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Hey guys! How do you feel about public speaking?

Is it true that everyone hates it?

I do! I get nervous, shake, feel cold, feel like throwing up, forget what I need to say, lose the line when I read, takes me forever to get back to my line...blah blah...


I think that everyone thinks that I'm a freak when I speak since I have an accent

There is this huge presentation soon and I'm so scared!!!! I always get C for my projects even if I spent saturday and sunday working on it.

Do you know how to get over that? What do you think of people who have accents and are presenting something in class? *grade 12...actually I got lots of 11 graders in my class....

I've heard of imagining the whole class naked in front of you but that sounds weird...

so how can I get over that hm?

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I too am extremely nervous when it comes to public speaking. But I heard or read somewhere that with public speaking you would need to do a lot of practice to get over your nervousness (as in practice, I mean not in front of a mirror, but practice in front of actual people and get some immediate feedback from them).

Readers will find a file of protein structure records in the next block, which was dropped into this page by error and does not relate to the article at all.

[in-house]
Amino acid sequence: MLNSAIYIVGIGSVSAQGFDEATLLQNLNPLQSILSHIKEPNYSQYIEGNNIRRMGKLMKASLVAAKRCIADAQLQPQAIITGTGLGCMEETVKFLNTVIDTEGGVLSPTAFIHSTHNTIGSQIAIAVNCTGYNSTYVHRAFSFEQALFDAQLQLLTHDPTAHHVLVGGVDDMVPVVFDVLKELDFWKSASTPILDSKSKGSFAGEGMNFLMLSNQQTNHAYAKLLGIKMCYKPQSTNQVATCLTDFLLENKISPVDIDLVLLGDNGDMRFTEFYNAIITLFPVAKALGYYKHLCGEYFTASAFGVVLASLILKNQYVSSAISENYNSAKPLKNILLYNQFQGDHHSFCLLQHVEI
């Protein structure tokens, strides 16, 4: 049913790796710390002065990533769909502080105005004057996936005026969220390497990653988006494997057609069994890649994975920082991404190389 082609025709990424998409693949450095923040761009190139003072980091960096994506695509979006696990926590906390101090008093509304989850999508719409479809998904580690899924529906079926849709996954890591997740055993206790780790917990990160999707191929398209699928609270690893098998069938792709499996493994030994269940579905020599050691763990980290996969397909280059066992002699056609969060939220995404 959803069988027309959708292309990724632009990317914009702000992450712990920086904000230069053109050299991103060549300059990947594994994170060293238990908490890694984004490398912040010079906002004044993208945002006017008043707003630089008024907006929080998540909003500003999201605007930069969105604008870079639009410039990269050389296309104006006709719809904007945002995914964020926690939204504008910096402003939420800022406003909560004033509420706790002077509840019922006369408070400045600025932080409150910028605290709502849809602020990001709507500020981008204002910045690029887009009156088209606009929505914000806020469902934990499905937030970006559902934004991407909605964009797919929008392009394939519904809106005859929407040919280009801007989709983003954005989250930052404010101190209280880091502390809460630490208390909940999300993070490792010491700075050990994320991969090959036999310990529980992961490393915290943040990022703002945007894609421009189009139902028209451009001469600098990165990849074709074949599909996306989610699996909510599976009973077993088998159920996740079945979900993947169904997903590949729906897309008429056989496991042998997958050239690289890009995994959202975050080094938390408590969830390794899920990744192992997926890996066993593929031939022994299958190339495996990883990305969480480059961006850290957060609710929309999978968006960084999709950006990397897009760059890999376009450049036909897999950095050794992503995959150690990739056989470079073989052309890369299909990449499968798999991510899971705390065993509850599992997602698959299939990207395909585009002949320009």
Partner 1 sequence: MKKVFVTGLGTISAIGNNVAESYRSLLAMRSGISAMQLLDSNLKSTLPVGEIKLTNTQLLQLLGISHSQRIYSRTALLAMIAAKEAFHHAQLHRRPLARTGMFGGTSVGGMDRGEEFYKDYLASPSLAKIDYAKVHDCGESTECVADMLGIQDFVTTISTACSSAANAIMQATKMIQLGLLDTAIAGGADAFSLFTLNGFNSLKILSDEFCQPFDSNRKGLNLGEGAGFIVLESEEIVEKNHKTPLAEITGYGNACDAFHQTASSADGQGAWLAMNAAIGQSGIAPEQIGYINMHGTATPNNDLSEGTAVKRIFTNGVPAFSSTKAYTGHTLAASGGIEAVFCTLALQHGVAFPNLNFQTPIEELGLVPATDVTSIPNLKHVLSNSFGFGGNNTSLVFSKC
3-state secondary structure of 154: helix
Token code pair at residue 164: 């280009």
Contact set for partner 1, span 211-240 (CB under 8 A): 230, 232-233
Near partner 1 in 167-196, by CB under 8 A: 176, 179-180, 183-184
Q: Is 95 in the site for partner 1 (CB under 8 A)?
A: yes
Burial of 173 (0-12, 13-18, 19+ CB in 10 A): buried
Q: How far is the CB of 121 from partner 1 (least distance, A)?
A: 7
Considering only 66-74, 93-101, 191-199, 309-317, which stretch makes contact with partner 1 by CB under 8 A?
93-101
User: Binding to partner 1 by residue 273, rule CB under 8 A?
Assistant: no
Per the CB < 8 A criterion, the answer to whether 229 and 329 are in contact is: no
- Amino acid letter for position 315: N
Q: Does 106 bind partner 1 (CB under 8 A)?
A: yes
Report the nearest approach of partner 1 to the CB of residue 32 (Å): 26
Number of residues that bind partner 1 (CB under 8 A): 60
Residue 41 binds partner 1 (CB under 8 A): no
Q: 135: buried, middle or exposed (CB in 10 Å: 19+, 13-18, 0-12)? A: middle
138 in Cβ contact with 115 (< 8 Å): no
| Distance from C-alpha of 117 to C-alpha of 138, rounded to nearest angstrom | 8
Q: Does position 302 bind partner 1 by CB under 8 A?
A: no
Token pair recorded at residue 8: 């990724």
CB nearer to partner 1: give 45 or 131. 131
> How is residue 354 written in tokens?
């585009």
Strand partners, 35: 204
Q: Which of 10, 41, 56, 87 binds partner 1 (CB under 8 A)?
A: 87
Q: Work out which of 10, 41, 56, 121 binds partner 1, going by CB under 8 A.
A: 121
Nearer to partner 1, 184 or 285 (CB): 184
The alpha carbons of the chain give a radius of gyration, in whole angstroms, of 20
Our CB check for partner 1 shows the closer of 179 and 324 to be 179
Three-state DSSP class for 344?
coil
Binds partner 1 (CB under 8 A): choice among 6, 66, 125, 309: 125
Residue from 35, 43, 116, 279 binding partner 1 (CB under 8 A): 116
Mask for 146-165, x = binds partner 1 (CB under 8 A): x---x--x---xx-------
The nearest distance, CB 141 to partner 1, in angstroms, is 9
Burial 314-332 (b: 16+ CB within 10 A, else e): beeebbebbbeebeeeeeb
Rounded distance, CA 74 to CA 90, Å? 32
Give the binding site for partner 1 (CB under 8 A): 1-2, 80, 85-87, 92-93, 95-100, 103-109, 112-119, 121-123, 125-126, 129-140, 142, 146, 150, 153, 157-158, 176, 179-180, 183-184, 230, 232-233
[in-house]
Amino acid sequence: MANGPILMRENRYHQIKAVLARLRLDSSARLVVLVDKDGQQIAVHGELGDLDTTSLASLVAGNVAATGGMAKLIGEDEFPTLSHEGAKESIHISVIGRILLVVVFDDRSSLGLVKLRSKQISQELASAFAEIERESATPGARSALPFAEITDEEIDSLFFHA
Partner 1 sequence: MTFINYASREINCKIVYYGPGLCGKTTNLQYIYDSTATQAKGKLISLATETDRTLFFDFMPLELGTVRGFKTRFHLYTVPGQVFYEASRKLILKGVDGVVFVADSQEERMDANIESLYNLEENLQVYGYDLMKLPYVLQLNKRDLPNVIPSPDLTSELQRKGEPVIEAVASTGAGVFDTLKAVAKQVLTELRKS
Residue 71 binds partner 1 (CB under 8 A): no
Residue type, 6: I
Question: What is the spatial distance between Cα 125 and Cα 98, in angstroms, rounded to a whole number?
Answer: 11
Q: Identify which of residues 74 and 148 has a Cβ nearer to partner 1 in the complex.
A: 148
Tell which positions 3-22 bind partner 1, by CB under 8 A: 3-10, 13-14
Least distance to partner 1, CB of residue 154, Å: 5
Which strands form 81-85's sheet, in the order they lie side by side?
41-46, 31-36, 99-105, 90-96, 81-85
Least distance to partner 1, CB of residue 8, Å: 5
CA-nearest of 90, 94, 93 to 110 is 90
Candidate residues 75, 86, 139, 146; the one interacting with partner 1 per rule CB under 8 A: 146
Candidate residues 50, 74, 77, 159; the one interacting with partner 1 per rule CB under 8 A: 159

I know someone that is good at public speaking, and this is how he does it.

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I'm actually taking a public speaking class too. I really hate speaking in front of an audience.


A lot of people get nervous. Even people who publicly speak all the time still get nervous. Performers get nervous before a performance. It has to do with your adrenaline. Public speaking is actually like the #1 fear, so you are definantly not alone.


There are many ways we were taught to get over nervousness. You have to practice a lot. If you practice so much that you practically have your speech memorized, you'll do great. If you don't practice, then thats when you are most likely to not do so well & you will be even more nervous.


You might think that people can tell that you are so nervous, but actually most of the time, people can't tell. I mean sometimes you can tell that a person is nervous, but not as nervous as they actually are. So knowing that usually helps.